To repot or not?


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So after a great summer in the South East and a much anticipated growing season most of my ceph's look pretty sorry for themselves.

The burning question is do I try and do something or should I just leave alone and keep my fingers crossed.

I guess with winter approaching fast I'm more concerned as some don't look like they'll make next summer.

Hopefully here's some pics of how they looked before and now.......

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This " slack " has been nothing but trouble, I've had it about 3 years now, it was a decent plant when I got it but it has died back several times mostly for no obvious reason but once from a minus 7 freeze. This pick is from last year

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And now after a long hot summer, wow look at the difference ha ha !

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Well Blocky sometimes it's just better to re-pot and wait for the best, perhaps try some different mixes, maybe some more open mixes...but i wonder, could it be that the German that keeps getting smaller it is just simply put a bad clone? 

 

I mean for a few times i have something similar happen to me but with Sarracenia, over the years i obtained certain divisions that never thrived, or even (in some cases) developed perfectly formed pitchers...ever!! Could it be that a certain mutation might developed during the process?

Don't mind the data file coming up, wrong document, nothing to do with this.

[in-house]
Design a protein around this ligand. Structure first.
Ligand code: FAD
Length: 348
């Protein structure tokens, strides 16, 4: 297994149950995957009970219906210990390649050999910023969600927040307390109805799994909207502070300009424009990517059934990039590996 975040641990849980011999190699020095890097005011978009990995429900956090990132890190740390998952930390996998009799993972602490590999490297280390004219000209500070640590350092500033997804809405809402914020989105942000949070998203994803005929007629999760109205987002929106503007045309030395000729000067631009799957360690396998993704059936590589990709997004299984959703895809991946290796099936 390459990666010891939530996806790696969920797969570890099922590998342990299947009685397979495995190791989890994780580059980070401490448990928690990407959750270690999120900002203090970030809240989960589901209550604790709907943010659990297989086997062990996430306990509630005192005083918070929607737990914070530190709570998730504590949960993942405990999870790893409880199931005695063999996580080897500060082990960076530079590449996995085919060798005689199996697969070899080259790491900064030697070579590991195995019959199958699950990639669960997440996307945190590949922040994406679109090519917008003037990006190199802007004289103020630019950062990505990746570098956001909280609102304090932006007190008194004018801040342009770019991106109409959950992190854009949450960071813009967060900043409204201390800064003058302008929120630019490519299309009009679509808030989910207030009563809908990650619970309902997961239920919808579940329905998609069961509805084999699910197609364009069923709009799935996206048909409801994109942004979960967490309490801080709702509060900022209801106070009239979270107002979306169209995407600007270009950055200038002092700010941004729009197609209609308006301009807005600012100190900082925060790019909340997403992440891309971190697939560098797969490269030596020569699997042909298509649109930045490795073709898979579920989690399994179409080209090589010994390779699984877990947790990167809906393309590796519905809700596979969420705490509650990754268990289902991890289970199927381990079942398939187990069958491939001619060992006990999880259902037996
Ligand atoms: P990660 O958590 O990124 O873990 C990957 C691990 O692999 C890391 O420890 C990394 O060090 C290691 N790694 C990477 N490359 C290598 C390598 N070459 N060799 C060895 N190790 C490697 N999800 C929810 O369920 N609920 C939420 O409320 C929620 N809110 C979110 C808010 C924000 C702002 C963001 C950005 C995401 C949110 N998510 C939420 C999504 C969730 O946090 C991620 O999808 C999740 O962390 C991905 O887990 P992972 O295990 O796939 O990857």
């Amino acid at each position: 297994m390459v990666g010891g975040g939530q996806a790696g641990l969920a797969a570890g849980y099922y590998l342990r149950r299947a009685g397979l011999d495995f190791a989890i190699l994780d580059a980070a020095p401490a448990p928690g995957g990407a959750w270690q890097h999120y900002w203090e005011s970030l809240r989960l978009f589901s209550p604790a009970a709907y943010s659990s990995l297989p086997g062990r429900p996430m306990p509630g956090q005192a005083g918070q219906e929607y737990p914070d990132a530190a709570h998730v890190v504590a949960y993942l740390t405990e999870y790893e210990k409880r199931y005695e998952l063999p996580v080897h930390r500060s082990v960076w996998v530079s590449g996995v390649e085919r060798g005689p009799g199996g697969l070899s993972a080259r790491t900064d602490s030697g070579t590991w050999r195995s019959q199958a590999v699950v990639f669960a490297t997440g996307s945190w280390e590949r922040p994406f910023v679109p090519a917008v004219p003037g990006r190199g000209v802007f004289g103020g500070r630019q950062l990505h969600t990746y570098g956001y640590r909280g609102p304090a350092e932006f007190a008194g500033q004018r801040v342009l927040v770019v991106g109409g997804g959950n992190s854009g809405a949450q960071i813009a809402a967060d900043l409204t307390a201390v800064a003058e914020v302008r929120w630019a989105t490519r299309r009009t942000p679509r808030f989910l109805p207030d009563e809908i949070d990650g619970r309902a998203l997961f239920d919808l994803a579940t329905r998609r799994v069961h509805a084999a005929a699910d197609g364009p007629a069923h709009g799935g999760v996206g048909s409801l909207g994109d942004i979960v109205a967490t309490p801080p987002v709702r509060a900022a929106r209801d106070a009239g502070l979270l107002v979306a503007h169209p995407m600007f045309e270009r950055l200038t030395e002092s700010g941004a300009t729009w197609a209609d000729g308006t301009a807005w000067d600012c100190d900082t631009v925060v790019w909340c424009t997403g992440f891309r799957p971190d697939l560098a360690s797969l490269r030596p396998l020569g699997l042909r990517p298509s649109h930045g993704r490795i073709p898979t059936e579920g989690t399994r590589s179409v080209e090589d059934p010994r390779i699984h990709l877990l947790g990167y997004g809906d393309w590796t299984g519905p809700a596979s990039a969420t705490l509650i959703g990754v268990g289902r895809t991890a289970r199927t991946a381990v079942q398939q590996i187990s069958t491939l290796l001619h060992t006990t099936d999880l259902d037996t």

I understand that Sarracenia divisions, and the dividing of Sarracenia are different from leaf cuttings, but that is something that bothers me sometimes....

 

But then again, Cephalotus can be a moody plant sometimes.

Edited by Malvo
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I wouldn't say they were genetically deficient Malvo, they were good, robust looking plants up until now, we'll all apart from the German giant, that's always been the runt of the litter.

I have moved house 3 times this year pulsar, 6 months in each of the others and a couple of months here.

They were only local moves though and showed no ill effects last 2 times.

They've all been happy once in the pots and media they're currently in but are looking far from happy now.

I know they sulk and die back without warning but this seems to be a steadier decline, gradually losing the pitchers till just leaves remain then the rosette of leaves begins to dwindle.

I'm erring towards a complete strip back to bare root and repot in fresh media.

I'd rather try something and fail than just watch them fade away.

I've checked water butt and water tray tds, all ok there.....

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I was only talking about the runt really Blocky :)

 

As for the others, they can be moody and die back without apparent reason as you well know i have had that happen to almost all of my cephs this year, and i haven't changed a thing about the way i grow them, i recon it's just because we had a really bad summer, with allot of temperature fluctuation for instance.

 

That constant moving about you did this year even if locally could be sufficient to maybe stress them out, but if that is the case, re potting them with just stress them further i think.